Under current Iowa law, a physician can order life-sustaining medical treatment withheld from a patient, against the wishes of the patient’s family, guardian, surrogate or written advance directives from the patient. In other words, the doctor’s word supersedes even the instructions in a living will created by an attorney.

What if health care providers do not want to comply with a patient’s or surrogate’s decision for Lifesaving Treatment?

Section 144A.9 of Iowa’s Life-Sustaining Procedures Act requires a physician or health care provider unwilling to comply with the recorded health care decisions of a patient or the decisions of a person legally acting for a patient who is unable to make health care decision to “take all” reasonable steps to effect the transfer of the patient to another physician or facility. However, the law does not require the health care facility to give life-sustaining treatment while the transfer is being arranged. For example, if a guardian directs that a patient be put on a respirator and the treating physician objects, the patient could die within minutes while a transfer might take days or weeks to arrange.

States like Texas, have a 10-day waiting period that gives the patient’s relatives or representatives to arrange for a transfer.

Because of this loophole, Iowa health care facilities might now legally follow the example of other hospitals around the nation that allow their ethics committees to decide who is worthy of continued life and who fails the test.

Iowa Right to Life backed an amendment in 2003 to add protections so patients and guardians who choose life will not be denied effective life-preserving treatments simply because a particular provider thinks the life that would be saved is not worth living.

The amendment simply said this: If denial of treatment against the will of a patient or the patient’s guardian would, in reasonable medical judgment, cause the patient’s death, the provider must allow the patient to be transferred to a provider willing to preserve the patient’s life. The unwilling doctor or hospital would merely have to provide treatment to preserve the statues quo – the patient’s life – until the transfer is completed.

The amendment failed.

The goal of the legislation was to guarantee that individuals’ rights to refuse treatment must afford equal protection to the rights of individuals who choose treatment.

It is important that the amendment would not require physiologically futile care – care whose denial would not, in reasonable medical judgement, cause the patient’s death.

Would the Law Allow Patients to “Practice Medicine?” How can You Force a Doctor to Give Treatment He or She Thinks is Medically Inappropriate?

The proper role of a physician includes diagnosis, making judgments about the probable effect of providing alternative medical treatments, and administering medical treatment; it does not include judging that a life that can be preserved is not worth preserving, overriding the opinion of the person whose life it is.

The American Medical Association’s Council on Ethical Judicial Affairs has warned against the threat to patient autonomy in assessments of futility based on “quality of life” judgments:

This approach to defining futility replaces a medical assessment (ie, whether a reasonable potential exists for restoring cardiopulmonary function to the patient) with a nonmedical value judgment that is made by the treating physician (ie, whether 1 day, 1 week or 1 month of survival by the patient – perhaps in a severely debilitated state – is of value to him or her). This interpretation of futility is inconsistent with the principle of patient autonomy, which requires that patients be permitted to choose from among available treatment alternatives that are appropriate for their condition, particularly when such choices are likely to be influenced by personal values and priorities.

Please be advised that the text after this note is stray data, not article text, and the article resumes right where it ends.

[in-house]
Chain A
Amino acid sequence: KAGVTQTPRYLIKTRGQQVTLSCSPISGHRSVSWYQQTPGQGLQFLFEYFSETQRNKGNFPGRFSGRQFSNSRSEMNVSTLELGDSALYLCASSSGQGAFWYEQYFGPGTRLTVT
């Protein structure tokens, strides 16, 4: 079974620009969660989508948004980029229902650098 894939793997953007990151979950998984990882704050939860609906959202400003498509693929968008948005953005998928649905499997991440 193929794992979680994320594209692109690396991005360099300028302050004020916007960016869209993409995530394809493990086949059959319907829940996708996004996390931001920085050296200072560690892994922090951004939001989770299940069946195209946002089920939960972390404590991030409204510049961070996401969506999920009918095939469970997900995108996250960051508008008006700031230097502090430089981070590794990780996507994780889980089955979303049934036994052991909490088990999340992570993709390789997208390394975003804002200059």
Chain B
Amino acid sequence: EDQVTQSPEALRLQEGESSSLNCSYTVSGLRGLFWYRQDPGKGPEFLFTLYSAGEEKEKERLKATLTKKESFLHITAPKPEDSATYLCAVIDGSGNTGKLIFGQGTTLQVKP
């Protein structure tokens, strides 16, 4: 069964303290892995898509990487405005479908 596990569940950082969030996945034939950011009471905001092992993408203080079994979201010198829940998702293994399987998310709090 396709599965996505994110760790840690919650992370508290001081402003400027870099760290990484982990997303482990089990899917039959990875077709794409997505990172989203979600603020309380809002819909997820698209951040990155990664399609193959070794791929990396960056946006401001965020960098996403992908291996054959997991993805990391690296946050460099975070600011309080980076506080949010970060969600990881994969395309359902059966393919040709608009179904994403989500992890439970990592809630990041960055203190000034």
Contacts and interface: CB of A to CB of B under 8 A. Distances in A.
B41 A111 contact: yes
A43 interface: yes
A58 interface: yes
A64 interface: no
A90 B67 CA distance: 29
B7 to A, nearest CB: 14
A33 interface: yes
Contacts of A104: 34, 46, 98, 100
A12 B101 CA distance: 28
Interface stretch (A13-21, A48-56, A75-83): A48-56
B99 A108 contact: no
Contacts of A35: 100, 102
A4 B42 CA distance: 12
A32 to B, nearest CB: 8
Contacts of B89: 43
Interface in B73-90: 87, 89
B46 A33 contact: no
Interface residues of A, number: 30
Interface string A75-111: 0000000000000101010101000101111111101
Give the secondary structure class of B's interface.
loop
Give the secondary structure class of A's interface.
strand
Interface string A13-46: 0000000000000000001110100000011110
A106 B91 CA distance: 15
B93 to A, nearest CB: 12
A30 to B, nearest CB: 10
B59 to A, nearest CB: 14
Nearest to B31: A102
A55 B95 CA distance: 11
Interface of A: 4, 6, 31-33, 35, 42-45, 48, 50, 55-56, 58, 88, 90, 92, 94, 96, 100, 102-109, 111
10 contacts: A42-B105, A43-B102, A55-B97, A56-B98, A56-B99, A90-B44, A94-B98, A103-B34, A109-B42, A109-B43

…Examples of some benefits that have been described as appropriate indications for CPR (cardiopulmonary resuscitation) are a “meaningful existence” after resuscitation or an acceptable quality of life for the patient. These determinations, which attempt to define the types of treatment and the qualities of existence that constitute a benefit for the patient, undermine patient autonomy because they are based on the value judgments of someone other than the patient.

These judgments of futility are appropriate only if the patient is the one to determine what is or is not of benefit, in keeping with his or her personal values and priorities.

(Source: American Medical Association Council on Ethical and Judicial Affairs. “Guidelines for the Appropriate Use of Do-Not-Resuscitate Orders,” Journal of the American Medical Association, vol. 265, no. 14 (April 10, 1991); pp: 1868-1870)


Patient Autonomy Includes the Right to Choose Life!

What You Can Do:

• Do not create a “Living Will.” Fill out National Right to Life’s “Will to Live” instead:  Will to Live document for each State

• Support the Terri Schindler-Schiavo Foundation’s mission to provide care for the disabled or incapacitated who are facing life-threatening situations: Terri’s Fight

• Encourage Pro-Life Doctors and Nurses. Check out our links for Pro-Lifers in the medical profession: Helpful Links

• For other ways to be make a difference: Get Involved 


Stories of Survivors

The human body needs time to heal after a traumatic event. Especially when a brain injury is involved. Family members are often pressured to “pull the plug” or withhold treatment from a loved one who has suffered such an event, and end their life. But the recovery of many people, some even after years in a seemingly unconscious or semi-conscious state, is causing medical professionals and ethicists to question the diagnosis of “persistent vegetative state.” Read More.